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    #1

    Is "as" a relative pronoun?

    Hello everybody.

    My friend said that "as" was a relative pronoun. But when i looked in Longman Dictionary, it is defined as adverb, preposion, conjunction, NOT pronoun. Let see the setence below:

    David such a good boy as all the teacher like.

    Can i replace "as" with "who"?

    Thanks for reading!

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    #2

    Re: Is "as" a relative pronoun?

    ***** NOT A TEACHER ****

    Hello, Commadela:

    I cannot answer your question, but I can tell you that, yes, sometimes as is, indeed, a relative pronoun.

    Here are some examples from one of my favorite books:

    1. Such papers as these (are) must be destroyed.
    2. Such of the neighbors as were invited came early.

    a. The book tells us to compare it with: Those of the neighbors who were invited came early.

    3. Such funds as are needed will be provided.
    4. Such a record as this (is) should not be forgotten.




    James


    If you ever want an excellent description of all the uses of that "troublemaker" as, try to get a copy of a book entitled English Review Grammar by Walter Kay Smart. You might be able to find a copy in a good library. It is an older book, so I do not know whether it is still in print.


    P.S. Another of my favorite books explains that "as" is really a conjunction that is being used "to do the work of [a relative]."
    Last edited by TheParser; 29-Aug-2014 at 12:12. Reason: spacing mistake; added P.S.

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    #3

    Re: Is "as" a relative pronoun?

    Some dictionaries list "as" as a pronoun in some uses. Not all dictionaries do that.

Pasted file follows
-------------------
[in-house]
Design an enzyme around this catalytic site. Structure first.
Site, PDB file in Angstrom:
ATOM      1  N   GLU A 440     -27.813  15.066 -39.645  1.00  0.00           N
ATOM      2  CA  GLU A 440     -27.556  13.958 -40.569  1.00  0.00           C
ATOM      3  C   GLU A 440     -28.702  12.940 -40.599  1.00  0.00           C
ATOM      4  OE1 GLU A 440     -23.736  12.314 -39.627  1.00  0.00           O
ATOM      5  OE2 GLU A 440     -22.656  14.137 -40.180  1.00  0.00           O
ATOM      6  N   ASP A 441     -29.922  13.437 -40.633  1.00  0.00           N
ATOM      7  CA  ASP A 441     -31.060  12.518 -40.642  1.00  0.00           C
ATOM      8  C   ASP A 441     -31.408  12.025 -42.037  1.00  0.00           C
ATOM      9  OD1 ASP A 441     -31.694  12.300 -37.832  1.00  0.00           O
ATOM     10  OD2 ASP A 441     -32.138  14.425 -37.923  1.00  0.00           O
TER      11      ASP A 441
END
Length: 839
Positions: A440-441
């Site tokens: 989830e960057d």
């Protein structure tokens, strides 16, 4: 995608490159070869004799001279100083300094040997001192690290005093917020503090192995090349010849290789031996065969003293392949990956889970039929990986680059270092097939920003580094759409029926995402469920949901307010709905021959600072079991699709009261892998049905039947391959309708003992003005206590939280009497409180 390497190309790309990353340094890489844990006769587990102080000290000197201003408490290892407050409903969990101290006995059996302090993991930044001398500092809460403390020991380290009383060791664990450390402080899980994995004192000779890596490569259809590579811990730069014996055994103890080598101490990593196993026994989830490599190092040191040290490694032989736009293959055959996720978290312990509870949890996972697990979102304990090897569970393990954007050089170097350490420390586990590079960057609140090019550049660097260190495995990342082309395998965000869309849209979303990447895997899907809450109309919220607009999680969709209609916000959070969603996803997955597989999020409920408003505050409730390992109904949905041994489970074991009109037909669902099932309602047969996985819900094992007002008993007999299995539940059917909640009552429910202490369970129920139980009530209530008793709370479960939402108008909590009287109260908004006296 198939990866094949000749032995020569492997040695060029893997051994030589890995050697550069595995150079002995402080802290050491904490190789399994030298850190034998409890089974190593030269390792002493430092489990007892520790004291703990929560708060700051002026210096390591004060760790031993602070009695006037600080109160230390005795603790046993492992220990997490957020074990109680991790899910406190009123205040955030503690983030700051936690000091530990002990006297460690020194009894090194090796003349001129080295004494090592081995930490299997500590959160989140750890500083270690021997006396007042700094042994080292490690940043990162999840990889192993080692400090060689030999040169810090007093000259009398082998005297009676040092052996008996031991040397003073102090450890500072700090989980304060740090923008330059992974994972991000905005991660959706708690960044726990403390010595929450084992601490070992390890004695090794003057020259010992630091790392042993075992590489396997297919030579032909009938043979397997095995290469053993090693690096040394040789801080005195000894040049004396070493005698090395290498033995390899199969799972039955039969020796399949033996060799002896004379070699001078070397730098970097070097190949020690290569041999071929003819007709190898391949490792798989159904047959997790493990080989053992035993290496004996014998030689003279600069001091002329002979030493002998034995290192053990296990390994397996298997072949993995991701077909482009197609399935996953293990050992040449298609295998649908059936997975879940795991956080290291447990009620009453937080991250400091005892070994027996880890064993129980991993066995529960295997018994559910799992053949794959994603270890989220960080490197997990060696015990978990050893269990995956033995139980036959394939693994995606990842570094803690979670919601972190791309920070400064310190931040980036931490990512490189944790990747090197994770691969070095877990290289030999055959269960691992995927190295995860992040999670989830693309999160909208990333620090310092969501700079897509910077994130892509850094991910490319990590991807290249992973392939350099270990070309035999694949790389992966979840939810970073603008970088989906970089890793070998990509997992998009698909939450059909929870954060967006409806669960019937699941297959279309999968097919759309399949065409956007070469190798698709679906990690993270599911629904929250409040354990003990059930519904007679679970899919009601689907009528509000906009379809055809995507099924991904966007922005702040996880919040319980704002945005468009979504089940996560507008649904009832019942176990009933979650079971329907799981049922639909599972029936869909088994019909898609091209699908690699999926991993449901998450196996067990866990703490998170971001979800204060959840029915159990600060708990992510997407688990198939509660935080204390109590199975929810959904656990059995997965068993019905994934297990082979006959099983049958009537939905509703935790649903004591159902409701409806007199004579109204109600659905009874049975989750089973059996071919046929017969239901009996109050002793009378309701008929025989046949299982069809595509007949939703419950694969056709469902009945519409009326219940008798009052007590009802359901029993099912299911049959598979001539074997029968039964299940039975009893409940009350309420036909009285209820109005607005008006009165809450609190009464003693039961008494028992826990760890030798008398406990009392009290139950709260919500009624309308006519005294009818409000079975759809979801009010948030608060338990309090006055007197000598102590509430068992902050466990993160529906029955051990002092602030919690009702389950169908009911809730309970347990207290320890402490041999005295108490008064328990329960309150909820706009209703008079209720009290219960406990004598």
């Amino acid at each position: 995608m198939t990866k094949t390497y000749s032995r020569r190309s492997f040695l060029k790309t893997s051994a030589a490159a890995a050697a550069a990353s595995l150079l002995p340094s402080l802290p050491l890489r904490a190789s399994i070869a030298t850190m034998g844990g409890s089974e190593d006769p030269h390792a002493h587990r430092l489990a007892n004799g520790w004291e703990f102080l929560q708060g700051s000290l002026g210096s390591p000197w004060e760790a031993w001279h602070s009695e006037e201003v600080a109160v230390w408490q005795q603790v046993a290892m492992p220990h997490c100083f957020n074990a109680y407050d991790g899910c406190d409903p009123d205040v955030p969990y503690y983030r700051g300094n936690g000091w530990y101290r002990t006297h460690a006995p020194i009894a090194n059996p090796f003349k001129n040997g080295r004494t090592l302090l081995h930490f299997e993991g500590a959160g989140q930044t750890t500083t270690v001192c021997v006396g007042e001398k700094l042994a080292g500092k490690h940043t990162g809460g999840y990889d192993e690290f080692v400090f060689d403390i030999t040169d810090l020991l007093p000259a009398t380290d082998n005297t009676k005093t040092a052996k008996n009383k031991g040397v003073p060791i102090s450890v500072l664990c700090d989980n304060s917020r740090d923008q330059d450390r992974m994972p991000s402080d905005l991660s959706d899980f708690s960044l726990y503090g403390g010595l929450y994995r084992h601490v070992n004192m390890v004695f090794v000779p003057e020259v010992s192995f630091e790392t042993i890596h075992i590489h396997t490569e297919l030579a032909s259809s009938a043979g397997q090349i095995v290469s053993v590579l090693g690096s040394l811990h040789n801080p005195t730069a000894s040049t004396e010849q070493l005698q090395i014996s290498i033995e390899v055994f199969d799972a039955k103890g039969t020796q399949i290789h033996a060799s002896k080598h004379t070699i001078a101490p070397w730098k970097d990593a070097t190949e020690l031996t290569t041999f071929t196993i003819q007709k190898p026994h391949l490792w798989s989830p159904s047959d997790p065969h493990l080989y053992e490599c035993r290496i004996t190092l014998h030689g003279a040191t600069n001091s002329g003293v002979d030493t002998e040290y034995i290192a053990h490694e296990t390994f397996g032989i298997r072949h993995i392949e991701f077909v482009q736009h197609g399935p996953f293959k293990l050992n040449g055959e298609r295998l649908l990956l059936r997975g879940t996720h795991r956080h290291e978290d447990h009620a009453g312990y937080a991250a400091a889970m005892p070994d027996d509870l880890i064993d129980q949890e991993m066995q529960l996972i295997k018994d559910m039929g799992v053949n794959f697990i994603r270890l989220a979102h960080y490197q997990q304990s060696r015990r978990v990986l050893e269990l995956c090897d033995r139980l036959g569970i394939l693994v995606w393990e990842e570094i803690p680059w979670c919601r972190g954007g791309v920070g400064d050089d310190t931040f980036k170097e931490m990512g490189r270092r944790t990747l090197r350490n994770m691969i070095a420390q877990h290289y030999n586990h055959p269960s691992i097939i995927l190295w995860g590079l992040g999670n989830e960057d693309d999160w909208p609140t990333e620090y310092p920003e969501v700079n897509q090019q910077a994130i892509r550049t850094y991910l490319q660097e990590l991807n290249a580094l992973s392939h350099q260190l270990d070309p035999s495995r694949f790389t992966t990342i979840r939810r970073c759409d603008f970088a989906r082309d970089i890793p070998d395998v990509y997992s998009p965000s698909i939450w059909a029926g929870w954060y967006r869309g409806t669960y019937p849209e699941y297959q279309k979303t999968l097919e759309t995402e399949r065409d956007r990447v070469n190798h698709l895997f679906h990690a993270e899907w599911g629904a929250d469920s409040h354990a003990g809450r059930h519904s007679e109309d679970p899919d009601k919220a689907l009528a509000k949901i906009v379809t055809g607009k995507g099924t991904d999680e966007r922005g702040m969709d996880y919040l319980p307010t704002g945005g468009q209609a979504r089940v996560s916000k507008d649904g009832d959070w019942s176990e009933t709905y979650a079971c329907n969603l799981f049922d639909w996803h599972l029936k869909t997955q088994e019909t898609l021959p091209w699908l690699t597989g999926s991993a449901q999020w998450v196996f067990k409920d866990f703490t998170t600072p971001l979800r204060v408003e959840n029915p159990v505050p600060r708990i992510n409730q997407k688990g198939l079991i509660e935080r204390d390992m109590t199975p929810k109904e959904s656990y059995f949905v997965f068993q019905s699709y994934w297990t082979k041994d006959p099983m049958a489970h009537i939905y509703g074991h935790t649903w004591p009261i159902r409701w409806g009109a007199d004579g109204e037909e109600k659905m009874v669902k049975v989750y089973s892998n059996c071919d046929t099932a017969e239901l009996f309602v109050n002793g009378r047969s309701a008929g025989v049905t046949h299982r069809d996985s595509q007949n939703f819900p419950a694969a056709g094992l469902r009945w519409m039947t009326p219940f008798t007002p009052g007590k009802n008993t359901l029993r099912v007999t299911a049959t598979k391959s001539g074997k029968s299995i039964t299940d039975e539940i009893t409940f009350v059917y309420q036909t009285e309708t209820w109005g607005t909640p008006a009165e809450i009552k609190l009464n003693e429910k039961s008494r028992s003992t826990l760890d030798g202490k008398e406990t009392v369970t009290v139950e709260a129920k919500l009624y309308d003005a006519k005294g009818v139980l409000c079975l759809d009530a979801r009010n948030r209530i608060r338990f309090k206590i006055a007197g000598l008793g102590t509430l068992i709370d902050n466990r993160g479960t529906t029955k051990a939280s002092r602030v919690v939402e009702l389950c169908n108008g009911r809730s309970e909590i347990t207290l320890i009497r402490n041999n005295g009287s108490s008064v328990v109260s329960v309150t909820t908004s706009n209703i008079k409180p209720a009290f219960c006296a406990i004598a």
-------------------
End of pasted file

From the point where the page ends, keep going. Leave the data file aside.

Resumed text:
See here.

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    #4

    Re: Is "as" a relative pronoun?

    It's used as a relative pronoun in my local Lancashire dialect.

    'It's 'im as comes for me pools money.'

    'Share yer toys wi' childer as 'ave nowt.'

    I don't recommend its use by students or learners.

    `
    Last edited by Rover_KE; 29-Aug-2014 at 18:28.

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    #5

    Re: Is "as" a relative pronoun?

    Quote Originally Posted by Commadela View Post

    Can i replace "as" with "who"?

    ***** NOT A TEACHER *****


    Hello, Commadela:

    I have done some more research, and I am now 99.99% confident in saying that the answer is: NO.


    1. A world-famous scholar cites this sentence: "He was such a listener as most musicians would be glad to welcome."

    a. That sentence seems to me to be similar to yours: "David was such a good student as all teachers would be glad to teach."

    2. Please look at these sentences from another book:

    a. "This seminar is designed for such physicans who plan to study [name of subject]."
    b. The club's Grounds Committee objects to such playing conditions which exist in the farthest greens."
    c. Horace will render such assistance that the circumstances allow."

    The book says that "who," "which," and "that" should be replaced by as in those sentences.



    James


    First source: Otto Jespersen, Essentials of English Grammar (1933).
    Second source: Morton S. Freeman, A Treasury for Word Lovers (1983).




    *****

    This is only my OPINION: If I understand my books correctly, the construction (type of sentence) such ... as is either formal or archaic [old-fashioned]. In other words, it is not the kind of construction that most people would use in ordinary conversation nowadays. For example, if I wanted to express the idea in your sentence, I would probably say something like:

    David is the kind of student all teachers would like to have.
    David is the kind of student whom all teachers would like to have.
    David is the kind of student who all teachers would like to have. ["Who" is a violation of traditional rules.]
    David is the kind of student that all teachers would like to have. [Some people actually prefer "that," for the sentence refers to a "kind."]

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